Whither Fannie Mae?

blitt chandan Whither Fannie Mae?Editor’s note: The Lead Indicator is a new weekly column in the Commercial Observer by economist Sam Chandan of the Wharton School. This is the first column.

In New York City and across the country, multifamily and commercial real estate investment activity has plummeted since the onset of the credit crisis. The absence of an independently functioning securitization market and banks’ unremitting tightening of lending standards have robbed investors of low-cost credit’s vital spark. In their stead, a paucity of credit has sundered buyers’ and sellers’ gauges of value.

The bid-offer spread that can narrow almost instantly in a liquid securities market has resisted closing in the less efficient arena of commercial real estate. Real Capital Analytics reports that, amid this environment of patient buyers and willful sellers, transaction volumes have fallen to their lowest levels in 18 years and are rising only gradually from the trough earlier this year. In the face of the market’s cooling, delinquencies and defaults have necessarily grown in number and severity.

While private capital flows to commercial real estate have ebbed, the resulting strains on apartment investors have been tempered by the intercession of the government-sponsored enterprises (GSEs) Fannie Mae and Freddie Mac.
Known commonly for their shared role in facilitating single-family homeownership, both Fannie Mae and Freddie Mac are also crucial sources of liquidity for the multifamily market. Through programs including Fannie Mae’s Delegated Underwriting and Servicing, private lenders are able to make mortgages in risk-sharing partnership with the larger enterprises.

As of the second quarter, Fannie Mae’s multifamily book of business was $177 billion, up 12 percent from a year earlier. The serious delinquency rate for Fannie Mae’s multifamily loans was just 0.5 percent; Freddie Mac reported a multifamily delinquency rate of just 0.2 percent. As other sources of credit have vanished, these quasi-governmental institutions have evolved into the keystones of apartment mortgage financing. Together, the GSEs accounted for 34 percent of multifamily activity in 2006. In 2008, that share had grown to 84 percent.

Notwithstanding their importance, Fannie Mae’s and Freddie Mac’s continued participation in the multifamily market is not assured. Rather, the old consensus around the fundamental role of the GSEs in the nation’s mortgage markets has been upended by the housing crisis.

In the minds of many policy makers and politicians, both firms are culpable, at least in part, for the inflation of the housing bubble and its painful aftermath.

But it is at the intersection of policy and politics that the future of these institutions will be determined, as both now operate under the full purview of the government. The Department of the Treasury and the Federal Housing Finance Agency (FHFA) announced last September that Fannie Mae and Freddie Mac were being placed under the conservatorship of the FHFA. The FHFA’s assumption of operational control of the GSEs followed a protracted period of stress in secondary mortgage markets and a government review of both institutions’ prospective financial health.

In explaining the decision to assume control, former Treasury Secretary Henry Paulson and the former director of FHFA, James Lockhart, cited the impact of deteriorating mortgage performance on the GSEs’ earnings, capital and capacities to meet their policy goals, as well as threats to broader economic and financial market stability stemming from the potential for additional losses at the two firms.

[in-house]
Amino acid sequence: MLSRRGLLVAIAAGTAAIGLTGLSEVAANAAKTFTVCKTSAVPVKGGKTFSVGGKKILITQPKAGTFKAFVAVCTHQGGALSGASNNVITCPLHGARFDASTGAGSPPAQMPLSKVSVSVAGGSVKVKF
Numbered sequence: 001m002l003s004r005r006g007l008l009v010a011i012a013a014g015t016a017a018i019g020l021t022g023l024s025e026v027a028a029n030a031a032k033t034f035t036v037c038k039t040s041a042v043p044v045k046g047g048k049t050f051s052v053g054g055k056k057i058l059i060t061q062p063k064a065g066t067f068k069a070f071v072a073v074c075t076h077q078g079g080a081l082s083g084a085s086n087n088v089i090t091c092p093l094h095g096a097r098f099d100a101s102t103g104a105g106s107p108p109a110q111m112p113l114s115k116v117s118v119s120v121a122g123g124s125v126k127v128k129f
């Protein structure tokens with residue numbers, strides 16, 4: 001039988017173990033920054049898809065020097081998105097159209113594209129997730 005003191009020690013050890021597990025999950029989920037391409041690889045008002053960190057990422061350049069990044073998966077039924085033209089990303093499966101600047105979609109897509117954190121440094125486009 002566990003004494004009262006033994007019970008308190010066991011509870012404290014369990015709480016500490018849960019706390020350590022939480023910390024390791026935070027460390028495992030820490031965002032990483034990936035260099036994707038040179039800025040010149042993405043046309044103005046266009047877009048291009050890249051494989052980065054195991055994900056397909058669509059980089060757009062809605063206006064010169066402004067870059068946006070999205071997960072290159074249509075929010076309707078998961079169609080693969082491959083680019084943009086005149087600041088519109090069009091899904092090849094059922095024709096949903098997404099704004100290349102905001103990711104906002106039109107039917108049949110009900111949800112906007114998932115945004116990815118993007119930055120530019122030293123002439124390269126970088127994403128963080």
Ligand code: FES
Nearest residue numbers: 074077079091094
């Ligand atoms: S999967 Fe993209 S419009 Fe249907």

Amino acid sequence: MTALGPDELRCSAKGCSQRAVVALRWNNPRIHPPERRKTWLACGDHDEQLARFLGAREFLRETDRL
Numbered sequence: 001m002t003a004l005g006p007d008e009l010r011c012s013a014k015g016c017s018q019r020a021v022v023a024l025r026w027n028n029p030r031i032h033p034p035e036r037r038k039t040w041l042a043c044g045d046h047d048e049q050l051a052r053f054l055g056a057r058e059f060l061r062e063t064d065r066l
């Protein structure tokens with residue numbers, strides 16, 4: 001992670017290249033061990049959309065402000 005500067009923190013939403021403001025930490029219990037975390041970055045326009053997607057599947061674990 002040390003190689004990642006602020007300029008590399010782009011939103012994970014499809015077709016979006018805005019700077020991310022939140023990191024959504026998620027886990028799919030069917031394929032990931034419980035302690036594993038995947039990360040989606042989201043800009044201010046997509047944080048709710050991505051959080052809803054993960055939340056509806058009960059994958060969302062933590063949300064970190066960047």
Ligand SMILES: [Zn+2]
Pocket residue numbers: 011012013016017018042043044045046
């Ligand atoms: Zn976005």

These losses have been prodigious. On account of their net worth deficits, both Fannie Mae and Freddie Mac have received billions of dollars in funds from Treasury to avoid receivership.

The future of the GSEs is unclear. For the time being, they are playing a vital policy role in stabilizing single-family and multifamily housing markets. Administrators have offered assurances that the multifamily lines of business remain integral to Fannie Mae’s and Freddie Mac’s missions.

In a July 30 address before the National Press Club, Mr. Lockhart said that the GSEs must “continue to buy and guarantee single-family and multifamily mortgages in a safe and sound manner. … The Enterprises are working to stabilize the multifamily market by keeping it liquid, supporting affordable rental housing, and keeping to clear and consistent credit principles.” But he added that “the old hybrid model of private, for-profit ownership underwritten by an implicit government guarantee” was no longer tenable.

Any substantive effort to alter the relationship of the GSEs to its regulator and guarantor implies that fundamental reform is in the offing.

The White House has indicated that it will address the issue of Fannie Mae’s and Freddie Mac’s future structure with the next fiscal year budget proposal to Congress in February 2010. In the meantime, what shape the GSEs will take and what their role in the multifamily market will be are unknowns.

The U.S. Government Accountability Office issued its options assessments on Sept. 10. One option presented in the report “would abolish the enterprises in their current form and disperse mortgage lending and risk management throughout the private sector.” While uncertainties abound in the current environment, we can be sure that an abrupt withdrawal of the GSEs from the multifamily market will constitute a destabilizing shock to liquidity.


Sam Chandan, Ph.D., is president and chief economist of Real Estate Econometrics and an adjunct professor of real estate at the Wharton School.

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